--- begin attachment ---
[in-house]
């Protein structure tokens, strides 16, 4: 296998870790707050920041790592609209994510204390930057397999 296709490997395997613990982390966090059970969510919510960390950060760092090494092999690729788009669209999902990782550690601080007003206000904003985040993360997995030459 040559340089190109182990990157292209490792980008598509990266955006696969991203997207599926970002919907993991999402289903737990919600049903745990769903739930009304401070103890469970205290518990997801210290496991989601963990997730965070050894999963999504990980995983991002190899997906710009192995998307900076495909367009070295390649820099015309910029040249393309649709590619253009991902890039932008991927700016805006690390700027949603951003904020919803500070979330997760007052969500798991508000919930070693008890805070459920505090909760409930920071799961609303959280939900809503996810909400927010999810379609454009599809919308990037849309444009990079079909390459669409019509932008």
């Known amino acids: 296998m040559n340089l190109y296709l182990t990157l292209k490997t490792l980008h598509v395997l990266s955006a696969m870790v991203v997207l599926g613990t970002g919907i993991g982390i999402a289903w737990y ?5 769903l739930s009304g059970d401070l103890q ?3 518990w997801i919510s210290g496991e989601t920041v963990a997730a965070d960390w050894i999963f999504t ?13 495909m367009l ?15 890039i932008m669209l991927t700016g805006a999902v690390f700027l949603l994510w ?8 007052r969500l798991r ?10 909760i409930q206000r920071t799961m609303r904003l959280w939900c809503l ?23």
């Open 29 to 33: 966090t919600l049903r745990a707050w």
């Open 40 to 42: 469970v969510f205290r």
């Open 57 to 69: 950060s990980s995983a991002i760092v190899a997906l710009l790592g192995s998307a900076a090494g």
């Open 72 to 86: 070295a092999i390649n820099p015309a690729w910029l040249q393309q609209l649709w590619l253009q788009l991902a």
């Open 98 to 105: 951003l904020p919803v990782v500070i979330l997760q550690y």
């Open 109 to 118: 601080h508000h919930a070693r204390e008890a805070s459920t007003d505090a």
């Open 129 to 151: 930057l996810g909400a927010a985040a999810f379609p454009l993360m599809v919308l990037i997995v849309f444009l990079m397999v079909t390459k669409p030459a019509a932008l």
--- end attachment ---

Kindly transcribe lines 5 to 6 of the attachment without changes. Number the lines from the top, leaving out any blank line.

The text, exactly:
């Open 40 to 42: 469970v969510f205290r």
């Open 57 to 69: 950060s990980s995983a991002i760092v190899a997906l710009l790592g192995s998307a900076a090494g």